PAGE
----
Venafi Study Highlights Machine Identity’s Role in Cloud Security
Leading the way in machine identity management, Venafi has published a new study titled ‘The Impact of Machine Identities on the State of Cloud Native Security in 2023.’ This paper explores the threats and difficulties that cloud native security in enterprises is currently facing. It covers a number of topics, including cloud native security strategies, difficulties, the separation of duties between development and security teams, and the critical role that machine identities play in cloud security.
Cloud native technologies like Kubernetes are being quickly adopted by enterprises in an effort to stay competitive. According to 84% of IT and security executives, Kubernetes will soon overtake other platforms as the key tool for developing applications, stated Venafi in its report. Nevertheless, this quick change would sometimes be paired with a disregard for security precautions, providing opportunities for hackers. According to Venafi’s survey, 75% of participants anticipate an impending cloud security and cost catastrophe.
Venafi’s Vice President of Ecosystem and Community, Kevin Bocek, stresses the need of striking a balance between speed and security. In cloud settings, he points out, where there is no physical barrier and no emergency ‘off switch,’ machine identity management is the cornerstone of security. This includes code signing certificates, TLS, and SPIFFE, which are essential for authorizing and authenticating various cloud components. According to the poll, firms are generally ill-prepared for the dangers and expectations of contemporary cloud systems.
Aitional findings from Venafi’s study point to a number of worrying areas:
Cloud Native Security and Kubernetes Confusing – Many businesses are moving their legacy applications to the cloud without fully realizing the security ramifications. Of security and IT executives, 59% acknowledge that they were not aware of the hazards and that they had encountered security problems while using Kubernetes or container systems. Network breaches, API vulnerabilities, and certificate misconfigurations have been identified as typical causes of these difficulties, which have resulted in delayed application launches and interruptions in services.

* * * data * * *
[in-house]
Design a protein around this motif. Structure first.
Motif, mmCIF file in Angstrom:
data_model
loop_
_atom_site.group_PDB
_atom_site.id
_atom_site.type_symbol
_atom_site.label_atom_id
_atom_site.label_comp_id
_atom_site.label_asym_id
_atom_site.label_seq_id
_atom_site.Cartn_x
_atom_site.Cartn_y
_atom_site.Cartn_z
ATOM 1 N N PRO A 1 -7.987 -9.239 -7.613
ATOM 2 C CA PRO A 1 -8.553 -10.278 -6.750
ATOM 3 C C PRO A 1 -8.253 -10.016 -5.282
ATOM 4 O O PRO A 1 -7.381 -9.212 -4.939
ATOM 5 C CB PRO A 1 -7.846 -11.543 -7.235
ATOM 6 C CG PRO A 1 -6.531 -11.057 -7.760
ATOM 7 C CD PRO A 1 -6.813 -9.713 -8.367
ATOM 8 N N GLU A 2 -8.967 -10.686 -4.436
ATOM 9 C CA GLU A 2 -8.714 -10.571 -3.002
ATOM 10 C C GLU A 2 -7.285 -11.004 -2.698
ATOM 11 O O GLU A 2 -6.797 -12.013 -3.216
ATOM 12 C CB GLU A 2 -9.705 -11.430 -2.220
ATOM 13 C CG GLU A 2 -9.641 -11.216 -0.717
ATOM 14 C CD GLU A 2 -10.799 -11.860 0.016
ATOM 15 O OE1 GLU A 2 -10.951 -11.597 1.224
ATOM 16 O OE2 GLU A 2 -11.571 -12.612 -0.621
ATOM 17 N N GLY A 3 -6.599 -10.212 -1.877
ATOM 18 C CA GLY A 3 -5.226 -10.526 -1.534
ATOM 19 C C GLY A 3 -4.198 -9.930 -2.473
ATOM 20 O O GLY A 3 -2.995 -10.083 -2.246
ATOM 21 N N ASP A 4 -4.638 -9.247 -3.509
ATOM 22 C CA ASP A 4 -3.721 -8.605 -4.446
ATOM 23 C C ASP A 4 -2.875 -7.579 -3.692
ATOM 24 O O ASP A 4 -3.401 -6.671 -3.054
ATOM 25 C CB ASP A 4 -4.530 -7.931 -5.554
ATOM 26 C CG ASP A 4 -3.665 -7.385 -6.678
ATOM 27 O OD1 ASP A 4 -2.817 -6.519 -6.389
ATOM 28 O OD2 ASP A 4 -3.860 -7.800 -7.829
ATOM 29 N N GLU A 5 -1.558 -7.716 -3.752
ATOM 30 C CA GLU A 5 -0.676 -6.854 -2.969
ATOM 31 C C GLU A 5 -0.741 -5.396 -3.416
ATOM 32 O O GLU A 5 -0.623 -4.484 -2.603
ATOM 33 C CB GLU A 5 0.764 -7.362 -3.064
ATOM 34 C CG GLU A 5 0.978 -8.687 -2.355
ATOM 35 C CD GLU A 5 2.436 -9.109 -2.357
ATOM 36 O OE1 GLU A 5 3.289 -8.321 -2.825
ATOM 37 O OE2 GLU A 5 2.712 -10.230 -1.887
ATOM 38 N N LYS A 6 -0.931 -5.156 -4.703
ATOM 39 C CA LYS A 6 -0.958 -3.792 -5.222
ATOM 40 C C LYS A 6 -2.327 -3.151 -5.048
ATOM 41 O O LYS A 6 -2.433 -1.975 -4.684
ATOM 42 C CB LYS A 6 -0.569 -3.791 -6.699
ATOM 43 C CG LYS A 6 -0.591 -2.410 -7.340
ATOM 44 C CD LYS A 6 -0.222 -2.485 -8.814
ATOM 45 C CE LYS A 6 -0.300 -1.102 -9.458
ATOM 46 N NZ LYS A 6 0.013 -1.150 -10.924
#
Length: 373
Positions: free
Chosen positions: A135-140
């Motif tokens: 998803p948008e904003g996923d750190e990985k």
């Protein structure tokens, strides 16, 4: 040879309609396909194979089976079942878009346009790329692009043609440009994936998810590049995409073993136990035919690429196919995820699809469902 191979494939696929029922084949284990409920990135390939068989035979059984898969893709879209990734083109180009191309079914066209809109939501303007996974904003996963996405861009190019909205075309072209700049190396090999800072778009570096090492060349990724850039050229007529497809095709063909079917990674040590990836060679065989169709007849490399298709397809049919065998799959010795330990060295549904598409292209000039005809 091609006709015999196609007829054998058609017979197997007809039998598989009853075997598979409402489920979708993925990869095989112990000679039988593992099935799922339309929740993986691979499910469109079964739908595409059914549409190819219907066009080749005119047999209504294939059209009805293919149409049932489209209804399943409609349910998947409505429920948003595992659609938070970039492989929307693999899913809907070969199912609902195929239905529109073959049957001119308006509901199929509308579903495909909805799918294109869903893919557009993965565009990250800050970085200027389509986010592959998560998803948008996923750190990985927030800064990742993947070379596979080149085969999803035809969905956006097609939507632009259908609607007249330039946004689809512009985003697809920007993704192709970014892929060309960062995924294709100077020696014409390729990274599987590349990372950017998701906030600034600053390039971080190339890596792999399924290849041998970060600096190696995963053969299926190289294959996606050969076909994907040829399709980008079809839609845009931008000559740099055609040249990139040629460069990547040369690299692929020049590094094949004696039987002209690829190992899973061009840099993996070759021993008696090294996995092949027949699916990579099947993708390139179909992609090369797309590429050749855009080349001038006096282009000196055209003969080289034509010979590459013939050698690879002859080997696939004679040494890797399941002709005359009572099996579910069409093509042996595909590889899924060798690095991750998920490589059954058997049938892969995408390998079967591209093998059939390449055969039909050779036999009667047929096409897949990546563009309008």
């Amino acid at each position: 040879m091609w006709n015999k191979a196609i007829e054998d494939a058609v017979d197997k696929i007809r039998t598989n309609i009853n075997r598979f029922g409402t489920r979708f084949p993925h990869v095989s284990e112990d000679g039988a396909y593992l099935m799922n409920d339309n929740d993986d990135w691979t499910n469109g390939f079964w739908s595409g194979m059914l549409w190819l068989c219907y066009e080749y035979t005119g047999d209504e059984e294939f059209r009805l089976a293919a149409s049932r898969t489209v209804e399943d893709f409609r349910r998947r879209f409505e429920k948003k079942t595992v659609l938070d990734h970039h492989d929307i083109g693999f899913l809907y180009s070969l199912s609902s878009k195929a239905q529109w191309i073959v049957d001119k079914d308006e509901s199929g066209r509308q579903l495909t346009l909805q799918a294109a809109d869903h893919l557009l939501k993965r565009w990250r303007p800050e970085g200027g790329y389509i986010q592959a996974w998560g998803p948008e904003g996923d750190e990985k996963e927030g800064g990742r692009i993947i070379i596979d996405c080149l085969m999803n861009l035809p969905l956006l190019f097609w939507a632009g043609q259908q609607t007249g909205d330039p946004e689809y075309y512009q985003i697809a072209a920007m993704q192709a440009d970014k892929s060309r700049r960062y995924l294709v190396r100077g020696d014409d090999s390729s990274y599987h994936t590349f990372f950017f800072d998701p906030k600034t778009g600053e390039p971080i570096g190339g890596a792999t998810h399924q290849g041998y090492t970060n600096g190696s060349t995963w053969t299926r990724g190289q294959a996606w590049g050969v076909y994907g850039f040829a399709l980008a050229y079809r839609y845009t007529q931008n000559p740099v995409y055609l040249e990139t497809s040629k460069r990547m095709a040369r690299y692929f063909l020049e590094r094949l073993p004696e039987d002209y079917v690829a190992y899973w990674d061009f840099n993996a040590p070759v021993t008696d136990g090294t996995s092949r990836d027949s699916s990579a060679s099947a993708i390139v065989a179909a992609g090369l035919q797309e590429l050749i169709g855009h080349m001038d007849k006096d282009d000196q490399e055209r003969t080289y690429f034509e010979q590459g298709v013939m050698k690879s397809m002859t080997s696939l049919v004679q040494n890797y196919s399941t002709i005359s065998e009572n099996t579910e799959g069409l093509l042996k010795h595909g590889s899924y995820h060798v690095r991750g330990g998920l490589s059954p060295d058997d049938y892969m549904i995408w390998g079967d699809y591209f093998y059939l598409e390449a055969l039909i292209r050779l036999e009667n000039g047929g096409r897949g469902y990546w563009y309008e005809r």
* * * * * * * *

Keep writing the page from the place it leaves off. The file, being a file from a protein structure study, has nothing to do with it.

Ambiguous Responsibility for Cloud Native Security – It’s not apparent who is in charge of overseeing cloud native security governance and risks. Platform, development, and security teams take turns implementing security tools and procedures, but 85% of security teams define the approach. This split often results in developers who are juggling several responsibilities not prioritizing security. Ninety percent of those surveyed think that in order to guarantee application security, security teams must have a better grasp of cloud native settings.
The Function of Machine Identity Management – Handling machine IDs is seen to be one way to resolve the issue of speed vs security. Software supply chain assaults are seen by 70% of respondents as their worst security blind spot, and 85% of them believe that ongoing security validation throughout the CI/CD pipeline is essential. But 61% admit that they can’t provide certificates fast enough for setups using service mesh and Kubernetes. Of those surveyed, 88% agree that machine identity management is essential to the success of zero trust models.
The conclusions of Venafi‘s analysis would highlight the need of managing machine identities more effectively to overcome the difficulties associated with cloud native security. In order to safeguard their digital assets efficiently, companies would need to give top priority to a thorough knowledge and use of security policies as the cloud environment continues to change.
Venafi’s study ‘The Impact of Machine Identities on the State of Cloud Native Security in 2023’ can be found here.